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Gerald FINZI (1901-1956)
Romance, Op.11 [7:13]
By Footpath and Stile, Op.2 [23:29]
Prelude [5:01]
Interlude, Op.21 [11:47]
Elegy, Op.22 [7:52]
Five Bagatelles, Op.23 [15:34]
Marcus Farnsworth (baritone)
Robert Plane (clarinet)
Ruth Bolister (oboe)
Finzi Quartet
rec. 2012, All Saints’ Church, East Finchley, London
RESONUS RES10109 [73:05]

English song composers of the early 20th century found that the combination of voice and string ensemble had a particularly effective resonance in their settings for solo voice. By Footpath and Stile, Gerald Finzi’s first major song cycle and the first of his over 50 settings of Hardy’s poetry, was composed in the immediate aftermath of the First World War, and is scored for baritone and string quartet. Even though it is such an early work (it was his first published composition) it shows many of the hallmarks of his style already firmly embedded. Beyond the musical language, as Christian Alexander points out in his booklet note, here we have “the seeds of lifelong obsession: the passing of time, mortality, the poetry of Thomas Hardy, and most importantly song itself”. The music follows closely the shape of the text and the spirit of the words, to the extent that at times it sometimes seems a little musically incoherent. But what would sound merely rhapsodic from the piano, is elevated by Finzi’s effective and imaginative handling of the string quartet. In the fifth of the settings (“Voices from Things Growing in a Churchyard”) for example, the viola introduces the melodic motiv which is repeated in each of the verses with the words “all day cheerily, all night eerily!” with a certain melancholy, which most effectively points out that we are in a graveyard contemplating the long-dead beings behind the names on tombstones. The “proud, high-bred” Lady Gertrude is supported with a pompous, stately theme from the quartet while Old Squire Audeley Grey’s aching bones and wearied tread are deliciously conveyed instrumentally. We think of Finzi primarily as a composer with an exceptionally perceptive understanding of the human voice, but here we see a masterly handling of the medium of the string quartet.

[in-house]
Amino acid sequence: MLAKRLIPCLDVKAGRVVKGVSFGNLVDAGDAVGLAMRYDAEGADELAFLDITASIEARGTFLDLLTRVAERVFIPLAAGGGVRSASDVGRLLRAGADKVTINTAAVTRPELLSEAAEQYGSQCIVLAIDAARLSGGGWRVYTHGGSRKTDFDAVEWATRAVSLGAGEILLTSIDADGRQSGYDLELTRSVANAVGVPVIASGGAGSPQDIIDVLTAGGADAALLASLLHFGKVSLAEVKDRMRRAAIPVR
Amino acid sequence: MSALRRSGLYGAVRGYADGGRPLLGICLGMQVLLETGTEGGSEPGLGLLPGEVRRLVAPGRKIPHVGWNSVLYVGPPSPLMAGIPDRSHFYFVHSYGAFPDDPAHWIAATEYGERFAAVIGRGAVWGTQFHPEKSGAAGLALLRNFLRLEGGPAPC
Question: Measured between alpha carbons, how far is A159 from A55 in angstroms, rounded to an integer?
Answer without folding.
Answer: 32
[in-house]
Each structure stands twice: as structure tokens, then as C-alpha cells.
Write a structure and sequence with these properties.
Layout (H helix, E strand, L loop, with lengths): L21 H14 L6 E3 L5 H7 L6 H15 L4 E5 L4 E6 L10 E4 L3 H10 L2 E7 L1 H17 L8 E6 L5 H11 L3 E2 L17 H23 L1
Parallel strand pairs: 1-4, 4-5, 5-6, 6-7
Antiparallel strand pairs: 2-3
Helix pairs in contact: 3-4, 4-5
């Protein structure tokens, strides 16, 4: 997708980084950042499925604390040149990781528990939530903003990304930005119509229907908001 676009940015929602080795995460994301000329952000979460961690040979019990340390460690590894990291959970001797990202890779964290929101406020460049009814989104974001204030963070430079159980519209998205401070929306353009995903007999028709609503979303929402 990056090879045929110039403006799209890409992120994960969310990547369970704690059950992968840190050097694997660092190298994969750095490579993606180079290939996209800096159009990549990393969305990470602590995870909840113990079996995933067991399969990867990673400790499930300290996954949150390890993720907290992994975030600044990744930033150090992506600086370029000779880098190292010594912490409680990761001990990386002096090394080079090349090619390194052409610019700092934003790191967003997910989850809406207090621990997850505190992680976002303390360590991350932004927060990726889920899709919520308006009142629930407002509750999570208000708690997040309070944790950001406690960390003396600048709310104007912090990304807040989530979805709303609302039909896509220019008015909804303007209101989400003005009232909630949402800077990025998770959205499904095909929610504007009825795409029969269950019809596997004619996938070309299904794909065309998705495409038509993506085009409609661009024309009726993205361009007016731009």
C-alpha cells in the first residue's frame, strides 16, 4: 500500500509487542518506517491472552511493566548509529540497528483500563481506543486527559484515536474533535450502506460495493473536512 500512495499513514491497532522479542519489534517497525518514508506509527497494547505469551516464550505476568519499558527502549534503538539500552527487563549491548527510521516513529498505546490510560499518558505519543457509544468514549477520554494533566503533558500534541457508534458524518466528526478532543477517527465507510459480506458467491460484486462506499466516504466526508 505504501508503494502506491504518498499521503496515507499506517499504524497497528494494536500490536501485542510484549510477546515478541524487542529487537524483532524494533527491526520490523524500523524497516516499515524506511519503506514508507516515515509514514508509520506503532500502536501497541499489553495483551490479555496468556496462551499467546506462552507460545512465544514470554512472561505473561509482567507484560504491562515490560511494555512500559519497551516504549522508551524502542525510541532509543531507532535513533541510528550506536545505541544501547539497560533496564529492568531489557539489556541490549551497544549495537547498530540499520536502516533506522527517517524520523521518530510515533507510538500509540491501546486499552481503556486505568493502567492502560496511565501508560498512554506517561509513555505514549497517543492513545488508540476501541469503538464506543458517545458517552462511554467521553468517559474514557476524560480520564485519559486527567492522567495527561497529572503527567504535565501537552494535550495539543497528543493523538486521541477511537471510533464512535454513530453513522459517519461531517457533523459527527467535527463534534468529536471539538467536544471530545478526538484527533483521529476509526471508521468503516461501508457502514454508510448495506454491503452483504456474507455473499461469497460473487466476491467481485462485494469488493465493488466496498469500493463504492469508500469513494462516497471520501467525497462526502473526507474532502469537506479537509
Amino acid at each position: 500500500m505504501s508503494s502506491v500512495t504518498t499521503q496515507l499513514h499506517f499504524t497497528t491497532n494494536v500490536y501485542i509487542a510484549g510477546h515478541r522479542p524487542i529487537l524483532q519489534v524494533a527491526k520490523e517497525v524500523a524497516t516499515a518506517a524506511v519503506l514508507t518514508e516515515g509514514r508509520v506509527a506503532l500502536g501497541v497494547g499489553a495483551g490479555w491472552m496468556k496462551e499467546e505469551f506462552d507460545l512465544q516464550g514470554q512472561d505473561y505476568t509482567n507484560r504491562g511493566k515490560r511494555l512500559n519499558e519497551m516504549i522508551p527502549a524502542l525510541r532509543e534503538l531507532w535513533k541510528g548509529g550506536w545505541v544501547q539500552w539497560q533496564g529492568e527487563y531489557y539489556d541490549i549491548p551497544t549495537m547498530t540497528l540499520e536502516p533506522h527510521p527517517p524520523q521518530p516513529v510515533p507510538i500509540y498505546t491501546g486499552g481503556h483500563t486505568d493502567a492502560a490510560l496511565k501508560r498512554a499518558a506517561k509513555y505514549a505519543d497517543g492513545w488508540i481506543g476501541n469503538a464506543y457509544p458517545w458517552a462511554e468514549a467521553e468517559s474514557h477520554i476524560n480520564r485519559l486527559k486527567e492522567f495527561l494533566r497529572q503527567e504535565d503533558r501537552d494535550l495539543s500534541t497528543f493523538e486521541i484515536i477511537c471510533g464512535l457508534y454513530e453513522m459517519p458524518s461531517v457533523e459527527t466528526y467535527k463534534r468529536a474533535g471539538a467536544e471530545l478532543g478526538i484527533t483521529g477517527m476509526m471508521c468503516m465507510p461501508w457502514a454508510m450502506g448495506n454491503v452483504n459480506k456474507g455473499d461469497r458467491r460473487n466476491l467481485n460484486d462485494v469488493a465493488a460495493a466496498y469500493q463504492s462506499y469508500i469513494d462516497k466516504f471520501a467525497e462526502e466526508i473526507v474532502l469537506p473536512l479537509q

In the light of that it is perhaps surprising that he wrote no actual string quartets and only four works which, going by the categorisation in Groves Dictionary, can be classified as chamber music. Three of those four works are included on this disc – Elegy and five Bagatelles, which are presented here in arrangements by Christian Alexander which have broadened out the original piano parts for string quartet, and the Interlude for oboe and string quartet of 1936. There is also an arrangement for string quartet (again by Alexander) of a Prelude originally written for string orchestra during the 1920s.
 
The performances by the Finzi Quartet are, as you might expect, utterly attuned to the musical idiom and the composer’s distinctly, often hauntingly nostalgic, style. Both Ruth Bolister (in the Interlude) and Robert Plane (Bagatelles) are eloquent and sympathetic to the music, even if the former produces a rather broad tone which does not seem quite to fit Finzi’s often desolate writing. Plane, however, has to fight above an uncomfortably busy, fussy and often rather dominant string quartet in this arrangement; which serves only to show that Finzi knew exactly what he was doing when he wrote this superb and rightly core work for the solo clarinet repertory with piano rather than string quartet accompaniment. If nothing else, these third-party arrangements reveal that Finzi had a highly developed understanding of instrumental colour and effect, which is ignored much to the music’s detriment.
 
The current catalogues offer us Roderick Williams (on Naxos) as the only alternative to Marcus Farnsworth, and while I have huge admiration for Williams in his interpretations of English music of this period, I feel that Farnsworth gets rather closer to that strange combination of youthful eagerness jaundiced by the troubled times through which he lived, which informs By Footpath and Stile, and certainly the Finzi Quartet have a stronger empathy for this music than the Sacconi Quartet on the Naxos disc,
 
Marc Rochester
 



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